In January 2024, the purchasing power of Nigerian households remained downbeat as consumer prices rose at the start of the year, increasing the likelihood that the country’s central bank would raise interest rates.

Data from the National Bureau of Statistics (NBS) showed that headline inflation for January, which tracks the prices of food, energy and other commodities, rose to 29.90%. 

Food prices also rose sharply. The prices of staples like bread and yam rose as many shoppers sought more cost-effective alternatives to feed. January’s food inflation figure was 35.41%.

“The CBN has not achieved its inflation target of 6-9% since 2014, and it has even abandoned the target,” said Adedayo Bakare, an investment analyst at Money Africa.

“It has been devastating to households and businesses. The result is high and increasing poverty due to weak purchasing power, weak employment and weak growth.”

Olayemi Cardoso, Nigeria’s Central Bank governor, has repeatedly promised to tackle inflation but he has consistently been light on details. At the Nigerian Economic Summit Group (NESG) last month, Cardoso estimated headline inflation would decline to 21.4% in 2024 due to the CBN’s inflation-targeting policy.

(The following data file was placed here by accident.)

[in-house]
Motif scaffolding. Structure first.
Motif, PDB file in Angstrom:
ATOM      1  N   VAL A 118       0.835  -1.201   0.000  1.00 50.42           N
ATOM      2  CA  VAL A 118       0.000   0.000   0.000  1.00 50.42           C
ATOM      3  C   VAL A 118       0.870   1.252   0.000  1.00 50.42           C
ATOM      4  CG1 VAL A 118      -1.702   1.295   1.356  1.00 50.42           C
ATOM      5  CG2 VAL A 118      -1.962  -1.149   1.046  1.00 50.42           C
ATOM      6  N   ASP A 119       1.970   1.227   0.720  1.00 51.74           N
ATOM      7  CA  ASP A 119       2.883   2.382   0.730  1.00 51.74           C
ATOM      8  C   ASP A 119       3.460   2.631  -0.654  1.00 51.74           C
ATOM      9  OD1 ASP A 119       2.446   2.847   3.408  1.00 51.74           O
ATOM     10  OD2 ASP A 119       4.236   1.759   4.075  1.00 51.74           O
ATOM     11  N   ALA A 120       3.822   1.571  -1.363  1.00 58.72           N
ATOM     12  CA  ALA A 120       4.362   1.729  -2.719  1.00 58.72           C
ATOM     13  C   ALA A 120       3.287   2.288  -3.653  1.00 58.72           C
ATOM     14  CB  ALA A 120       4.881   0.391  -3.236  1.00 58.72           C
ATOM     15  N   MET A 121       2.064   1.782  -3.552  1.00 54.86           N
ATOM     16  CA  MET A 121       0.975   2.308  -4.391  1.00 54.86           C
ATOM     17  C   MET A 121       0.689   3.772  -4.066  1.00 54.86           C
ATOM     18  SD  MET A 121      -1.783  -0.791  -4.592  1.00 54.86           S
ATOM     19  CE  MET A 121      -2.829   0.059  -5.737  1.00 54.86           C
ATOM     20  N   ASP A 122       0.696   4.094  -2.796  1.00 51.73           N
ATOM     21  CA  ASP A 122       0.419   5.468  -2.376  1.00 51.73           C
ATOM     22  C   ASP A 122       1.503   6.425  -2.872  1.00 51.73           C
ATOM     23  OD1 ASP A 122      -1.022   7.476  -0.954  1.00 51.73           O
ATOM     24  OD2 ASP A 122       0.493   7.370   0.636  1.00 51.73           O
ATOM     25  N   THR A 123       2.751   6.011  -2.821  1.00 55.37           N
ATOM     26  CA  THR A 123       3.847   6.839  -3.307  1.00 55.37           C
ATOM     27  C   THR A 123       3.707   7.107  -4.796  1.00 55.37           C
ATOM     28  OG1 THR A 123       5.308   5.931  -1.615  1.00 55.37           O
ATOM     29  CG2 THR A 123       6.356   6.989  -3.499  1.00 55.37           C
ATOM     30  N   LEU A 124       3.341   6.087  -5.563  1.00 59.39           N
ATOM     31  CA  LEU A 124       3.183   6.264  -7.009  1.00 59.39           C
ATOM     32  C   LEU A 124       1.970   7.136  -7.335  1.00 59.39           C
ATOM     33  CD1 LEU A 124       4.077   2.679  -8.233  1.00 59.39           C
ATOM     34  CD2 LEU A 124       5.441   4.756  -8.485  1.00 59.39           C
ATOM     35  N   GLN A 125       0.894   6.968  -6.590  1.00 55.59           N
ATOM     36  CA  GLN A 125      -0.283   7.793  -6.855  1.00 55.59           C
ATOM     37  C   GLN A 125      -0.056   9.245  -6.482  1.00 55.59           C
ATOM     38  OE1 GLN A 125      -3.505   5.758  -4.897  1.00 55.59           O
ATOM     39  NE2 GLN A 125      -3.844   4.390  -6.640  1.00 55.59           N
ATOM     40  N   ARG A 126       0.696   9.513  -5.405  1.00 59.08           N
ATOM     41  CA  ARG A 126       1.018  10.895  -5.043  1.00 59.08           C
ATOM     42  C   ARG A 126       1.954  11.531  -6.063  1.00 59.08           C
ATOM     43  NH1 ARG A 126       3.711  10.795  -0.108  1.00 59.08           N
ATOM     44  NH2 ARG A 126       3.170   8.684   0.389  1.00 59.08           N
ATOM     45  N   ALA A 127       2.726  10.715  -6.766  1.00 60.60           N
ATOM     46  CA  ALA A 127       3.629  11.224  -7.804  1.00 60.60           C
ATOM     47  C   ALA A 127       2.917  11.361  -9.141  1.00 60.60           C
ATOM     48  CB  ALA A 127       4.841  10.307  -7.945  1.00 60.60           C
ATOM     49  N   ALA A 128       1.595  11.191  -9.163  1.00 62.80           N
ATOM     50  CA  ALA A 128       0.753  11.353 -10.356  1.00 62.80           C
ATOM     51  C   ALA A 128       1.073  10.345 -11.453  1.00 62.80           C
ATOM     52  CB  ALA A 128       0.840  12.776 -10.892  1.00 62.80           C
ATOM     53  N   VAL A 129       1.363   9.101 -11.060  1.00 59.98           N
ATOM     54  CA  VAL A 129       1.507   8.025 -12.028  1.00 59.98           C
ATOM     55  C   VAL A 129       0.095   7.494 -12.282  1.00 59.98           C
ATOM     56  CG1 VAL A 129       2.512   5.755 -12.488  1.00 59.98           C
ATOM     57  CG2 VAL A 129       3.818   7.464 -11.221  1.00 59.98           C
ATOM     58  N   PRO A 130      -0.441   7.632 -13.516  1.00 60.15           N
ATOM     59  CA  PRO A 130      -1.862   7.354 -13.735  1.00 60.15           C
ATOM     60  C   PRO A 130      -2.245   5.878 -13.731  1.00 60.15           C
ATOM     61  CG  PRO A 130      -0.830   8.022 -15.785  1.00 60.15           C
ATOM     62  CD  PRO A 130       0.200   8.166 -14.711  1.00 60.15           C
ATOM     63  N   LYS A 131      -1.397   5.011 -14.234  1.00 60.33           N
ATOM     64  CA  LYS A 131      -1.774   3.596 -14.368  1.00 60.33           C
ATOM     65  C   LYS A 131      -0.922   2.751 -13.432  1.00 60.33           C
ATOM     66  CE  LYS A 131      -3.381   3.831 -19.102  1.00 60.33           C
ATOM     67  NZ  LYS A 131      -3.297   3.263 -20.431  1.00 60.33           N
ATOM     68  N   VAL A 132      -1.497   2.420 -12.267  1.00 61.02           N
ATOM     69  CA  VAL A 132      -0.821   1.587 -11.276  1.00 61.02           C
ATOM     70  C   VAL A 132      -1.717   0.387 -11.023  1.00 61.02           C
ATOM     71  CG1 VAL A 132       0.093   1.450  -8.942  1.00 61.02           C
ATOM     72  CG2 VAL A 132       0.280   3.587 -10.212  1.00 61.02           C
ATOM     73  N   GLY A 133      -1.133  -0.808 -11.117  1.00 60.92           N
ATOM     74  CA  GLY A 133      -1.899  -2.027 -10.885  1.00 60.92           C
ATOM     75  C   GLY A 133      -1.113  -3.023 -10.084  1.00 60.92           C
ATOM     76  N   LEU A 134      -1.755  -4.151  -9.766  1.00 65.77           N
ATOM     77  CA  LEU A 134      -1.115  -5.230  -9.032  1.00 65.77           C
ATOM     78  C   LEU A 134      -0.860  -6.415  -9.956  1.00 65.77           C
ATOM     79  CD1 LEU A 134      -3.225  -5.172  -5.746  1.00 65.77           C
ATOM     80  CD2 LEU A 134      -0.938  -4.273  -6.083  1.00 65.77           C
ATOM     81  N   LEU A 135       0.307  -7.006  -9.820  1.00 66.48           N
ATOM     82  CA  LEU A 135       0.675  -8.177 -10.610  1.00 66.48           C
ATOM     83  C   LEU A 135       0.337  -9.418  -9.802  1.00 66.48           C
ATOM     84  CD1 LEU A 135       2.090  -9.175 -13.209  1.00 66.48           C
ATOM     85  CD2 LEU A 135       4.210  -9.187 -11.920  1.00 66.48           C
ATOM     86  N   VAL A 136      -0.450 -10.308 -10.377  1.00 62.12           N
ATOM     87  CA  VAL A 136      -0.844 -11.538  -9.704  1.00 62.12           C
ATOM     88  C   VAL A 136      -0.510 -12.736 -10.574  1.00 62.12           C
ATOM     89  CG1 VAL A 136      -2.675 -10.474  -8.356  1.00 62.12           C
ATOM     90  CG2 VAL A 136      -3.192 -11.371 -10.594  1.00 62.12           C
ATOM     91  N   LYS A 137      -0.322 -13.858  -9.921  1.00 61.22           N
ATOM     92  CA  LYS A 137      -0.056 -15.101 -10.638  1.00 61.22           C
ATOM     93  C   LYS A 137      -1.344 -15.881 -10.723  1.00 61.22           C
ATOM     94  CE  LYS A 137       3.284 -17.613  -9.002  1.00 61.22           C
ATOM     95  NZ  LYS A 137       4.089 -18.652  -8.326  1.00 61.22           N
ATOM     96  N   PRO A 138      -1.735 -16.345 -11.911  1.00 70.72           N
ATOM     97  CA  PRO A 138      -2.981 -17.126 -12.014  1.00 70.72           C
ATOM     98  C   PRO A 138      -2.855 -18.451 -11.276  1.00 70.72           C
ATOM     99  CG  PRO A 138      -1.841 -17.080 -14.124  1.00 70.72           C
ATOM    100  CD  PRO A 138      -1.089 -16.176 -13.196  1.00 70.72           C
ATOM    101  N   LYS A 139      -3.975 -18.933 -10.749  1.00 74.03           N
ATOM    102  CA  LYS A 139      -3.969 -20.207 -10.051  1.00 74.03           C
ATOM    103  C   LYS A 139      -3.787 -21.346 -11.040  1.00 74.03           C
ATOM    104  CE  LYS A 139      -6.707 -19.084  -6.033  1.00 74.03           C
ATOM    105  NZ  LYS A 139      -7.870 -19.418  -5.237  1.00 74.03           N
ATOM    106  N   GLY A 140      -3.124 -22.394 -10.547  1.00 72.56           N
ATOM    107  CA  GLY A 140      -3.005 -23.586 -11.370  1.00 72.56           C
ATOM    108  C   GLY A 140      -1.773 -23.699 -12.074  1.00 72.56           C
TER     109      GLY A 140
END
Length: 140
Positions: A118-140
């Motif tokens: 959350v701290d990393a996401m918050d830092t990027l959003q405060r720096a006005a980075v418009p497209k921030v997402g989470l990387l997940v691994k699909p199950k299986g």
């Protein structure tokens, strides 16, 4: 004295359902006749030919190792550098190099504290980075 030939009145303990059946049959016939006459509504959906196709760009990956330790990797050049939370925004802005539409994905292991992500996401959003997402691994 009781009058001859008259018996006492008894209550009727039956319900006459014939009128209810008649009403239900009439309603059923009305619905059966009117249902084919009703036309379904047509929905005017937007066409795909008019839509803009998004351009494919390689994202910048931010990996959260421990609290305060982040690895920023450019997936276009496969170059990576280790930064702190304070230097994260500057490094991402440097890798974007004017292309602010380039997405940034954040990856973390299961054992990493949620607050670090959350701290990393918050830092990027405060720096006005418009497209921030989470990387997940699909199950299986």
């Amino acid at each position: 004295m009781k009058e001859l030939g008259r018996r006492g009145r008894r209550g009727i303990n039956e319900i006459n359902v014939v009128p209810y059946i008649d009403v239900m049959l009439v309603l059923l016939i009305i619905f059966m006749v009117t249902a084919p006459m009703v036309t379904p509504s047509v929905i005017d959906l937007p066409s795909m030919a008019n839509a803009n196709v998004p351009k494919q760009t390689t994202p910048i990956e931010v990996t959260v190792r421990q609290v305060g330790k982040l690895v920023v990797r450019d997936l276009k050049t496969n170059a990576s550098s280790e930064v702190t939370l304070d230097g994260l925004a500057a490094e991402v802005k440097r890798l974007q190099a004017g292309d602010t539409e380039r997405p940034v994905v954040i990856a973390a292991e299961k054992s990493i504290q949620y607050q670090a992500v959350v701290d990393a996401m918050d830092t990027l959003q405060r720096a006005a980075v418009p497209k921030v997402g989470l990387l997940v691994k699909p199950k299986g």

However, the results of this policy are yet to be seen. In the past month, he has paid more attention to reforming the foreign exchange market and easing a dollar scarcity that has created a backlog of unmet demand estimated at $2.2 billion.

The CBN is expected to raise interest rates at its next Monetary Policy Committee (MPC) meeting on February 26-27, 2024, with analysts anticipating an increase of 500 basis points, to combat Nigeria’s inflation estimated at nearly a three-decade high.

This month, the CBN sold one-year bills at a yield above the benchmark interest rate, implying a possible hike at its next meeting scheduled in two weeks. Meanwhile, the Federal Government is mulling a National Commodity Board to rein in the escalating food inflation in Nigeria. A recent TechCabal report has outlined reasons why it won’t work.

Joseph Olaoluwa Senior Reporter, TechCabal

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